December 09, 2003 | Peter

The Value of Mistakes

It comes as no surprise that the Coalition have targetted Mark Latham’s past, even comparing him unfavorably with ‘Boozer’ Bartlett. Latham has had an interesting time, and like most of us, he’s made mistakes. The less you experience of life, the fewer mistakes you’ll make. The trick is to learn from your mistakes and move on.
One of the things that worries me most about John Howard, Andrew Downer and Peter Costello (but not Tony Abbott!) is their wafer thin life experience. It makes it very easy for them to hammer life’s desperados like, say, the unemployed or refugees, from their safe, orderly, privileged situation.
Some leaders, like Gough Whitlam, can develop an inclusive world view through intellectual rigour, although Gough, like his generation, had gone through that singular experience, World War 2.
Real experience tells you that life is messy, can be very hard, and that sooner or later we all make mistakes. In mature personalities this breeds self-understanding and empathy for others.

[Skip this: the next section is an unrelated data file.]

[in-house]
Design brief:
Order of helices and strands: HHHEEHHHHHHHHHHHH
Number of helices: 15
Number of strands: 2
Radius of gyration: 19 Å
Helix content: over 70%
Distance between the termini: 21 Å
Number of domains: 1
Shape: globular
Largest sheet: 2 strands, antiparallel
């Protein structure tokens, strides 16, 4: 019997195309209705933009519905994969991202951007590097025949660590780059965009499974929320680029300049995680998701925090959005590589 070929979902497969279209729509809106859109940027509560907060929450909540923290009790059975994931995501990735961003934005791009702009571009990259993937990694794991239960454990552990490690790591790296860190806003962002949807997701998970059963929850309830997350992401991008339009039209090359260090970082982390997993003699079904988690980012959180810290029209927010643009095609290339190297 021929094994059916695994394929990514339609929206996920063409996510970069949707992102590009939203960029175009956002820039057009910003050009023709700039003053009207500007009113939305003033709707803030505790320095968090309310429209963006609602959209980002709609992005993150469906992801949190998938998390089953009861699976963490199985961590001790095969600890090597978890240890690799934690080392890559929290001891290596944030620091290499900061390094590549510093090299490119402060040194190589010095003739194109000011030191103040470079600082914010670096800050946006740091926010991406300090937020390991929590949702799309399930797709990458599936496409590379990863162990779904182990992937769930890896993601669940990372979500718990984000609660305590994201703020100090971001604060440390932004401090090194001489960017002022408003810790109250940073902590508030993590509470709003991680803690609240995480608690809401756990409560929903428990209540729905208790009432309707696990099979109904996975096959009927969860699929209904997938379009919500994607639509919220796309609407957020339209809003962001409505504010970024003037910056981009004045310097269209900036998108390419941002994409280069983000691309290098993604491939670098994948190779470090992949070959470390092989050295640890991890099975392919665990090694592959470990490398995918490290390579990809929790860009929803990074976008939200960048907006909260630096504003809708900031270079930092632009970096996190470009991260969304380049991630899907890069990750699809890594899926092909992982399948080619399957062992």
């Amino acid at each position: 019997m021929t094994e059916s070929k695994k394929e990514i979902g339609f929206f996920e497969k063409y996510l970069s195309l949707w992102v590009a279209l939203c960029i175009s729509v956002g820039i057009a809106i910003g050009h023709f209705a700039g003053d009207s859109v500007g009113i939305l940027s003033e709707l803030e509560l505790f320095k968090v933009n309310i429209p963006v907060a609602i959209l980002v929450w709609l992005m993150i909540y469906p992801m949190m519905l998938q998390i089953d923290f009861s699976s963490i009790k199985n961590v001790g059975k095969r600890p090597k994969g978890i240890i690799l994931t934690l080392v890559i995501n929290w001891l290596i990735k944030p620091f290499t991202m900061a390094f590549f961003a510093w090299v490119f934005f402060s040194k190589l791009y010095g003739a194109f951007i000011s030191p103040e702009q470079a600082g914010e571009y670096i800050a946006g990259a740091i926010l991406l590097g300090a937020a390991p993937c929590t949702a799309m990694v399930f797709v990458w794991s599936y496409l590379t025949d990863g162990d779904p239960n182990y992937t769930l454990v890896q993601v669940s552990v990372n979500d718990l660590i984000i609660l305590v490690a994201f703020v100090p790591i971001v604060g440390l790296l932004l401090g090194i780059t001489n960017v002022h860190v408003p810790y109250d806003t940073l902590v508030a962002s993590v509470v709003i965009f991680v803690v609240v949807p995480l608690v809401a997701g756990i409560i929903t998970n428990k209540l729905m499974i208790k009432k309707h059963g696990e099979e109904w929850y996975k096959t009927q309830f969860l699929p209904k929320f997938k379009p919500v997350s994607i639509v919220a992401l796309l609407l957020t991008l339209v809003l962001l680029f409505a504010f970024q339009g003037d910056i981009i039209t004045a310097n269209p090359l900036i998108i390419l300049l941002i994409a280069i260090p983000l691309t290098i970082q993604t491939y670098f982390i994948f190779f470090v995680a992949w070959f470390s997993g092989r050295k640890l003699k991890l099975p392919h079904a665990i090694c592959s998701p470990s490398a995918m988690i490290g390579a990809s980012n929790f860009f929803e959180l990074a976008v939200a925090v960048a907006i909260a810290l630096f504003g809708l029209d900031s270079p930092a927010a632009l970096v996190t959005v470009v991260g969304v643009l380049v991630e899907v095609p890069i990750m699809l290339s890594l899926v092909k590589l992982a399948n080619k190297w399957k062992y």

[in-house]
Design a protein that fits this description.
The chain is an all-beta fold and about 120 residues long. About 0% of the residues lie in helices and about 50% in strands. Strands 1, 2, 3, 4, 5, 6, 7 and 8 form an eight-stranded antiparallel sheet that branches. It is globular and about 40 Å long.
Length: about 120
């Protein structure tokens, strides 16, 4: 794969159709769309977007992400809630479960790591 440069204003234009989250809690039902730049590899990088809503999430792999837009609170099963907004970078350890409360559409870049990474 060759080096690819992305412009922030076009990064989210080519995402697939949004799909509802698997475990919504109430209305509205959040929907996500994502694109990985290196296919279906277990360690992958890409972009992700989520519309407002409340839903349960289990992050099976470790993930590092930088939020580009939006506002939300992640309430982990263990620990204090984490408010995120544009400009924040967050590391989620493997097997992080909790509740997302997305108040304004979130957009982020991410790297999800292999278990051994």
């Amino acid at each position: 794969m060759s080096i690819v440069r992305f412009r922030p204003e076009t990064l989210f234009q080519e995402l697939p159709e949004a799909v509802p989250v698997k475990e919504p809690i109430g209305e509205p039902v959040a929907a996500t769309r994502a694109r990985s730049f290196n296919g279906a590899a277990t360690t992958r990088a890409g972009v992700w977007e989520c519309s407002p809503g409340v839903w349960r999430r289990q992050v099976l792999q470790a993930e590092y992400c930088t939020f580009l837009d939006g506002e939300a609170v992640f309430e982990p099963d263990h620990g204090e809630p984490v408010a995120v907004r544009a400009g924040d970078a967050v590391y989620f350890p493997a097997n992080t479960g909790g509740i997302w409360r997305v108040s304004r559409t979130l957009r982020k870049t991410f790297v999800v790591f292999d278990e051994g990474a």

The homogeneity of Labor pollies currently (ie mostly ex-political or union officials, often second generation) also bothers me, and in fact Latham is little better in this regard. But if he is honest with himself, his marriage breakdown and fistfights will have taught him a lot about how things can go wrong for any of us. And about how we need a social order that minimises these events, but that allows us to pick up the pieces and move on when they do happen.
Making mistakes is not a sin, but not learning from them is. However, you have to stick your toe in the water to find out it is cold. I suspect more Australians can relate to Latham’s imperfect past than the Coalition leaders suspect, but I also hope Latham has learned his lessons.

Posted by Peter at 12:20 pm | Comments (1) |
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1 Comment

  1. Ooops, I meant of course Alexander Downer, although, come to think of it, he does look more like an Andrew to me…

    Comment by peter mcmahon — December 9, 2003 @ 11:42 pm

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